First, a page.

Personal injury in the news
While the Law Society announces a rise in practitioner numbers for the first time in nine years, last week’s APIL conference sees new President Jonathan Wheeler calling for defendants to be party to the same test of honesty as his membership.
The legal sector has been taking an honest look at itself for some time and last week’s annual key statistics review from the Law Society showed while numbers of practicing solicitors increased by 4%, some challenges remain. The number of women partners fell slightly, against a backdrop of rising numbers of women solicitors with practicing certificates. The data prompted Law Society CEO Catherine Dixon to say ‘The legal landscape is changing and diversity is improving, but there is still a gender and ethnicity gap for partner positions.’
One day in the year almost guaranteed to generate a minimum of diplomatic quotes or fence sitting of any kind is the APIL Conference, which celebrated its 25th anniversary last week. While introduction of the MedCo Portal was on everyone’s minds, the conference also focused on key issues effecting PI professionals, in particular online dispute resolution and the recent introduction of the new ‘fundamental dishonesty’ test.
In a powerful speech, Jonathan Wheeler asked the audience to consider why defendants were not being held to the same justification in relation to fundamental dishonesty as their claimant peers. Neil Rose’s report in Litigation Futures highlighted several examples the APIL president gave to explain his case, including: “How about the defendant who purposefully sets out to delay a settlement brought on behalf of a terminally ill claimant, because it would be cheaper to pay out on the claim when they are dead, rather than alive. What about a litigation authority that spends vast sums on defending the [sic] undefendable, costing the taxpayer thousands, when it should have apologised and put in place a meaningful rehabilitation programme to help a claimant’s recovery?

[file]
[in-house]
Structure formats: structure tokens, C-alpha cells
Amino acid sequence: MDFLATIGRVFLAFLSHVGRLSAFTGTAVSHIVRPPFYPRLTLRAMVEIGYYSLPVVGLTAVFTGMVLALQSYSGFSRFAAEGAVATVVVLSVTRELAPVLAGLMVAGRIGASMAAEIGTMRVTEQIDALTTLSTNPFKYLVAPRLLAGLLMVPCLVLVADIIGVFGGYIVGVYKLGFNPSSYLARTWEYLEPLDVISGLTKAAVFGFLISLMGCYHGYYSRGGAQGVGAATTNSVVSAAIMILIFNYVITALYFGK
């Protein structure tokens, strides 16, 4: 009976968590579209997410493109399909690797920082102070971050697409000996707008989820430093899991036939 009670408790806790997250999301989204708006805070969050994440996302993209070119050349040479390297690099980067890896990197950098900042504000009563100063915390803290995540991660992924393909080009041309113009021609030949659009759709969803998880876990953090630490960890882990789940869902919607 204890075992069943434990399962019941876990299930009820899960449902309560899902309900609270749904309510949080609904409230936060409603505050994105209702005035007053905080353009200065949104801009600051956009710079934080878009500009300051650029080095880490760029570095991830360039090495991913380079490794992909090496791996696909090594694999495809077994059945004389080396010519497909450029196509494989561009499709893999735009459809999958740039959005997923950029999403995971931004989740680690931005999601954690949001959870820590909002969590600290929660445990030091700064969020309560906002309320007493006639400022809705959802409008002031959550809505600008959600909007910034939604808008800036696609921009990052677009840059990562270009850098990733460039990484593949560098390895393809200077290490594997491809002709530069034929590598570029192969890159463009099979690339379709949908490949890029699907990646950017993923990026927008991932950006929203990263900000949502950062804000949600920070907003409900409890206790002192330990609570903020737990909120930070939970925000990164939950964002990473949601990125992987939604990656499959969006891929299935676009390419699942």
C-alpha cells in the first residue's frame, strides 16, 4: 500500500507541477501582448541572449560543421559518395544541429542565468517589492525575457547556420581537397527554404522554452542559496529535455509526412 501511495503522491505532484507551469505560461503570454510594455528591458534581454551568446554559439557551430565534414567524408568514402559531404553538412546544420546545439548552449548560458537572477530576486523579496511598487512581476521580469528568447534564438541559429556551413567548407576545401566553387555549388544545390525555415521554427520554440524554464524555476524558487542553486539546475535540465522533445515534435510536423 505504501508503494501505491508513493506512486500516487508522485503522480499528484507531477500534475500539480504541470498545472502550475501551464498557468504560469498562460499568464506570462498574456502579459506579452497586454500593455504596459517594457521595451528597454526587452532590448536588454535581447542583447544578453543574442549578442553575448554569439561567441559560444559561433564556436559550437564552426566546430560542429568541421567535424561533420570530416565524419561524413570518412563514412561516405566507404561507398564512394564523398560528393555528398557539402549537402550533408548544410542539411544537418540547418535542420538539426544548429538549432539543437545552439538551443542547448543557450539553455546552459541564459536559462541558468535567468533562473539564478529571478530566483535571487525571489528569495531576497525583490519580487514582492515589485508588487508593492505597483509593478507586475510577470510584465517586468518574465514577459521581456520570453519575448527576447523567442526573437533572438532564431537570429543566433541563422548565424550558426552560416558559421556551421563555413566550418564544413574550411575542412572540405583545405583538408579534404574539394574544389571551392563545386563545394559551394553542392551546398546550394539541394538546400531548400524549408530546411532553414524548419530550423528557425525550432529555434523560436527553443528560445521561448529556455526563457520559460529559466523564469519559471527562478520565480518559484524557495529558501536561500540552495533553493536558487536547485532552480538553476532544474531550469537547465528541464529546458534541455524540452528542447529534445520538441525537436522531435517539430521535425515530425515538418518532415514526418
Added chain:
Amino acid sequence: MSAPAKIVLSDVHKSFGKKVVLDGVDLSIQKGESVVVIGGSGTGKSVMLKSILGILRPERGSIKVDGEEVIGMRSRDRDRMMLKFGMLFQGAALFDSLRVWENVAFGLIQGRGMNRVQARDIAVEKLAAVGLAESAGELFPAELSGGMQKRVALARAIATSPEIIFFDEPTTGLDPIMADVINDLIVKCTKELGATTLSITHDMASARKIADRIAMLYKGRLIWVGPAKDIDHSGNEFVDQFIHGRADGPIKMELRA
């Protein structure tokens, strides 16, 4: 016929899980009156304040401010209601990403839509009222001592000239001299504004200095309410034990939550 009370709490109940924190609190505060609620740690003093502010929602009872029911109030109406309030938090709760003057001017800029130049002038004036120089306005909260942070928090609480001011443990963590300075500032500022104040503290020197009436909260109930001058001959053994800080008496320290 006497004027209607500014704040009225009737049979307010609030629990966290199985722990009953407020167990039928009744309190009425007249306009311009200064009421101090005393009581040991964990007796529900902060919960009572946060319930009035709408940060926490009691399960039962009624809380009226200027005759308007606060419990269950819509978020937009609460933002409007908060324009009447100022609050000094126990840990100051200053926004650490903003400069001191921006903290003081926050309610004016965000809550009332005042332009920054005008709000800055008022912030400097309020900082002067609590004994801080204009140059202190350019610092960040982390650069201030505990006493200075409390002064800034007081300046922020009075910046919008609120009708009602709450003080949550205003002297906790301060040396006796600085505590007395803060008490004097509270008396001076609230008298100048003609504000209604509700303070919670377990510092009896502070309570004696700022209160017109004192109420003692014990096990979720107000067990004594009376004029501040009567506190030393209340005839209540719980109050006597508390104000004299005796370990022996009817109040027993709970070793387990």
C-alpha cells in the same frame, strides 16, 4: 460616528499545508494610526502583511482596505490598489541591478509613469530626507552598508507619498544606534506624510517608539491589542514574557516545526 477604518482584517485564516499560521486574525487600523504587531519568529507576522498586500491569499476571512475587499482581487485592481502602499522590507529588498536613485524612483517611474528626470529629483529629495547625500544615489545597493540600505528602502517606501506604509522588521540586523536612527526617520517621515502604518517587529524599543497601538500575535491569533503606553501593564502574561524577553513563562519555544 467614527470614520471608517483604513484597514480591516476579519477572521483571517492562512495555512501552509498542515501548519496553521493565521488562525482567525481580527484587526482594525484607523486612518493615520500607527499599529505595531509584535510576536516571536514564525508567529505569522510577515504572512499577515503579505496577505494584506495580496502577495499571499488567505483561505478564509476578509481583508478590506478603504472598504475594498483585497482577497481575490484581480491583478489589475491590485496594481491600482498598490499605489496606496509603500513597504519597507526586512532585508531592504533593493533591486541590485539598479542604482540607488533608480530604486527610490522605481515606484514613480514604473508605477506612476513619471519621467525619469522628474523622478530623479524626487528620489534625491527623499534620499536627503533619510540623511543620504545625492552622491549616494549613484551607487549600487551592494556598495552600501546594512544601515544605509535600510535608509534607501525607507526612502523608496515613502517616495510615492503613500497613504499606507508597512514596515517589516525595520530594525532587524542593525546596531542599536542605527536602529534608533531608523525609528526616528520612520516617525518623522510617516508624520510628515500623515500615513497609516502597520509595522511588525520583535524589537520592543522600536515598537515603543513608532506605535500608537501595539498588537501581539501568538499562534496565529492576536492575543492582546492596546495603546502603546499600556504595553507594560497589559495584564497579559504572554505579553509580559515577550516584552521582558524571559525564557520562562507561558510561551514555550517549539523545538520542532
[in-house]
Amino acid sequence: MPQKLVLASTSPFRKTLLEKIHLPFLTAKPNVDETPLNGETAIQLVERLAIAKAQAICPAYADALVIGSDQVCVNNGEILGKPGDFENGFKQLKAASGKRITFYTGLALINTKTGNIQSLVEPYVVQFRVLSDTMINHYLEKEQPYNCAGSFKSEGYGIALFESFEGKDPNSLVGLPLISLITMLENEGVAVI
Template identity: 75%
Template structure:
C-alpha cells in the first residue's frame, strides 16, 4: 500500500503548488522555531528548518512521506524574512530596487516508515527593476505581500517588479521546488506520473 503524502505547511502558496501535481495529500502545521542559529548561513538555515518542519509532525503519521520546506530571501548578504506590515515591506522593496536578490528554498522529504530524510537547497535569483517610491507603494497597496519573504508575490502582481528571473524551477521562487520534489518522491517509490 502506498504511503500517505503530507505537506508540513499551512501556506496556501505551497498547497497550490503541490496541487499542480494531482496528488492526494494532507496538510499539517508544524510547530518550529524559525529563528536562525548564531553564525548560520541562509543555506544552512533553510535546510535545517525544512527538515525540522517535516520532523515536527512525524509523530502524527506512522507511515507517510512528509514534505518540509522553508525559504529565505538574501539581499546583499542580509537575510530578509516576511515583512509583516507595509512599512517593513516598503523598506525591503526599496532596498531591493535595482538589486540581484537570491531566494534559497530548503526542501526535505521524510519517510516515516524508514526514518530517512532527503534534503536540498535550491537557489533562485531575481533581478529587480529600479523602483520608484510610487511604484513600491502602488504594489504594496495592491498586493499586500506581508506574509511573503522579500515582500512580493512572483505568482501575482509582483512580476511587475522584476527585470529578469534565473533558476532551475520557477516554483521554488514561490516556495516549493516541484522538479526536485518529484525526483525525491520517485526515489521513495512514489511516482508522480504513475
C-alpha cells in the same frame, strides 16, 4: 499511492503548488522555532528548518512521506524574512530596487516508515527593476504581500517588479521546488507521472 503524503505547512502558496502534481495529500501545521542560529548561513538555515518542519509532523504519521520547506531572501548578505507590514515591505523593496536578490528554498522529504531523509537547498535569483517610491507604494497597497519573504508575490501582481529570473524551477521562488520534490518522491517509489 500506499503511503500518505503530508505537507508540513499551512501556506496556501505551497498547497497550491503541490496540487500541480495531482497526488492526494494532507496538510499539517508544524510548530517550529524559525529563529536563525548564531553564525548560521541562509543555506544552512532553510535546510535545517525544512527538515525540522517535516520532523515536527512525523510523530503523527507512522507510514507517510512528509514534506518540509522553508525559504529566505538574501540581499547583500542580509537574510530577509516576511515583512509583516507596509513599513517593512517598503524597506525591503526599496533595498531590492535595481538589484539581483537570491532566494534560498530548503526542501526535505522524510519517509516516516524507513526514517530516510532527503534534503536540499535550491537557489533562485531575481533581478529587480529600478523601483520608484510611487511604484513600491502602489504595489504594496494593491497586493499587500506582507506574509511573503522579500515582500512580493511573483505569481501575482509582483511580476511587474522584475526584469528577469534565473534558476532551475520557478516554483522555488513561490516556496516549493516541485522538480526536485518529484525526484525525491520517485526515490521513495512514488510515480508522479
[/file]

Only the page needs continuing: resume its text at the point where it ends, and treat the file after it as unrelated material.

“Isn’t that dishonest? Why aren’t such defendant practices also caught by legislation?”
Meanwhile, APIL members also heard the latest questions on costs budgeting with one report in the Law Society Gazette quoting a leading judge Master David Cook who suggested lawyers should consider asking to waive the process, if it was likely to cause an injustice. He certainly spoke from experience. Having handled 220 cases since the Jackson reforms, only five percent had ended in an agreed budget for both sides.
Finally, PremExtra spotted a nice story combination this month to bring a smile to your face as well as being a cautionary tale if you’re planning any marketing campaigns.
First up, the warning: Solicitors were warned by their regulator against any misleading marketing campaigns after the government’s ban on the use of inducements came into force this month. In short, offers of prize draws, cashback, ipads and so on are an absolute 'no no' now, with personal injury firms facing a clampdown under section 58(2) of the Criminal Justice and Courts Act 2015.
It seems that one rather eager individual felt the government should go one further and stop advertising altogether. The Law Society Gazette reported how ‘advertising watchdogs had rebuffed ‘an insurer’s’ attempt to ban a television advertisement promoting the services of a personal injury firm. Apparently, a commercial insurance broker who wasn’t named in the story, had reported Somerset law firm Harris Fowler, because it’s advert implied it was possible to make a claim for compensation irrespective of negligence’.
After what was most likely a highly pedantic review of the semantics in Harris Fowler’s slogan, the complaint was dropped. As it happened, the law firm had been using the phrase ‘If you’ve had an accident at work, or a road traffic accident – an accident anywhere it’s your right to claim,’ since 2009 without a single complaint’.